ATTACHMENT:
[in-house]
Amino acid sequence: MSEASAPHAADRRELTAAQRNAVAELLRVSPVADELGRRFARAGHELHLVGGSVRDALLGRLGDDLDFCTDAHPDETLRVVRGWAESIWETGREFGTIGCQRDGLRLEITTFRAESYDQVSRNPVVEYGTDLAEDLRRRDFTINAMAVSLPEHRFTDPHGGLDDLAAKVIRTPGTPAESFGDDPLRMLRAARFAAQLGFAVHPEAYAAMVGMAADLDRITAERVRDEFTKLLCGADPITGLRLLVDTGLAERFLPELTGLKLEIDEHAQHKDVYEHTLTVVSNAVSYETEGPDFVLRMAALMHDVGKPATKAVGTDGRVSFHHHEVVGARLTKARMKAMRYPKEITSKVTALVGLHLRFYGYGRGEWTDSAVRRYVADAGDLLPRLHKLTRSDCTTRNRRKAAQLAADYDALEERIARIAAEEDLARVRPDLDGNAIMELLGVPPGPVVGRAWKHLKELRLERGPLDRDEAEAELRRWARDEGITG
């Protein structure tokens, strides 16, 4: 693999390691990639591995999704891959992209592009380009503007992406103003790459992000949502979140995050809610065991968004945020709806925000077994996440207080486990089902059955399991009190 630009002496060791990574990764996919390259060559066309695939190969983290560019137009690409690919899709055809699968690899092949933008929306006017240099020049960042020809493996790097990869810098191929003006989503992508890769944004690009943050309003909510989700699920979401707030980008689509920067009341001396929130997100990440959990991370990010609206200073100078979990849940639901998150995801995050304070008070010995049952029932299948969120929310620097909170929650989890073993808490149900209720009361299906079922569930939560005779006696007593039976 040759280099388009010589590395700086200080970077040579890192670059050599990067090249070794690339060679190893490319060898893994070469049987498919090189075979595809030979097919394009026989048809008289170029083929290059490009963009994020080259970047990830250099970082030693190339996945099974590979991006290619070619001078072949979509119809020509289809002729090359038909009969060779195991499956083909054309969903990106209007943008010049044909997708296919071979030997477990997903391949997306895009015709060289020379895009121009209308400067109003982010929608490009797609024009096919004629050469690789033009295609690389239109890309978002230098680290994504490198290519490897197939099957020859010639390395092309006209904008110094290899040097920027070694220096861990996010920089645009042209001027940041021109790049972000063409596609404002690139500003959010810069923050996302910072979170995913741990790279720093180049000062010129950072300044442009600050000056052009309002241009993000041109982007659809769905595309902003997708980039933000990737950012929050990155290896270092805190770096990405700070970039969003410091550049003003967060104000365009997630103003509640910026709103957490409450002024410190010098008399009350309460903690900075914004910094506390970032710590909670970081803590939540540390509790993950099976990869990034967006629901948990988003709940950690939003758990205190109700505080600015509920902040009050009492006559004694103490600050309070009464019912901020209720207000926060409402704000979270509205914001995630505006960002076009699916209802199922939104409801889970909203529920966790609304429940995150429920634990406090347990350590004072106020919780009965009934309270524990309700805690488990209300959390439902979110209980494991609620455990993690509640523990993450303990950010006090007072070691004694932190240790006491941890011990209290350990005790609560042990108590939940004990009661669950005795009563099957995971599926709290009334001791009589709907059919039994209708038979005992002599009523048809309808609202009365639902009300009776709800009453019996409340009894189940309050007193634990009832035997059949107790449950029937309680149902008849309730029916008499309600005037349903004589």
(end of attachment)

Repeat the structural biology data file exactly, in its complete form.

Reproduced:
[in-house]
Amino acid sequence: MSEASAPHAADRRELTAAQRNAVAELLRVSPVADELGRRFARAGHELHLVGGSVRDALLGRLGDDLDFCTDAHPDETLRVVRGWAESIWETGREFGTIGCQRDGLRLEITTFRAESYDQVSRNPVVEYGTDLAEDLRRRDFTINAMAVSLPEHRFTDPHGGLDDLAAKVIRTPGTPAESFGDDPLRMLRAARFAAQLGFAVHPEAYAAMVGMAADLDRITAERVRDEFTKLLCGADPITGLRLLVDTGLAERFLPELTGLKLEIDEHAQHKDVYEHTLTVVSNAVSYETEGPDFVLRMAALMHDVGKPATKAVGTDGRVSFHHHEVVGARLTKARMKAMRYPKEITSKVTALVGLHLRFYGYGRGEWTDSAVRRYVADAGDLLPRLHKLTRSDCTTRNRRKAAQLAADYDALEERIARIAAEEDLARVRPDLDGNAIMELLGVPPGPVVGRAWKHLKELRLERGPLDRDEAEAELRRWARDEGITG
């Protein structure tokens, strides 16, 4: 693999390691990639591995999704891959992209592009380009503007992406103003790459992000949502979140995050809610065991968004945020709806925000077994996440207080486990089902059955399991009190 630009002496060791990574990764996919390259060559066309695939190969983290560019137009690409690919899709055809699968690899092949933008929306006017240099020049960042020809493996790097990869810098191929003006989503992508890769944004690009943050309003909510989700699920979401707030980008689509920067009341001396929130997100990440959990991370990010609206200073100078979990849940639901998150995801995050304070008070010995049952029932299948969120929310620097909170929650989890073993808490149900209720009361299906079922569930939560005779006696007593039976 040759280099388009010589590395700086200080970077040579890192670059050599990067090249070794690339060679190893490319060898893994070469049987498919090189075979595809030979097919394009026989048809008289170029083929290059490009963009994020080259970047990830250099970082030693190339996945099974590979991006290619070619001078072949979509119809020509289809002729090359038909009969060779195991499956083909054309969903990106209007943008010049044909997708296919071979030997477990997903391949997306895009015709060289020379895009121009209308400067109003982010929608490009797609024009096919004629050469690789033009295609690389239109890309978002230098680290994504490198290519490897197939099957020859010639390395092309006209904008110094290899040097920027070694220096861990996010920089645009042209001027940041021109790049972000063409596609404002690139500003959010810069923050996302910072979170995913741990790279720093180049000062010129950072300044442009600050000056052009309002241009993000041109982007659809769905595309902003997708980039933000990737950012929050990155290896270092805190770096990405700070970039969003410091550049003003967060104000365009997630103003509640910026709103957490409450002024410190010098008399009350309460903690900075914004910094506390970032710590909670970081803590939540540390509790993950099976990869990034967006629901948990988003709940950690939003758990205190109700505080600015509920902040009050009492006559004694103490600050309070009464019912901020209720207000926060409402704000979270509205914001995630505006960002076009699916209802199922939104409801889970909203529920966790609304429940995150429920634990406090347990350590004072106020919780009965009934309270524990309700805690488990209300959390439902979110209980494991609620455990993690509640523990993450303990950010006090007072070691004694932190240790006491941890011990209290350990005790609560042990108590939940004990009661669950005795009563099957995971599926709290009334001791009589709907059919039994209708038979005992002599009523048809309808609202009365639902009300009776709800009453019996409340009894189940309050007193634990009832035997059949107790449950029937309680149902008849309730029916008499309600005037349903004589």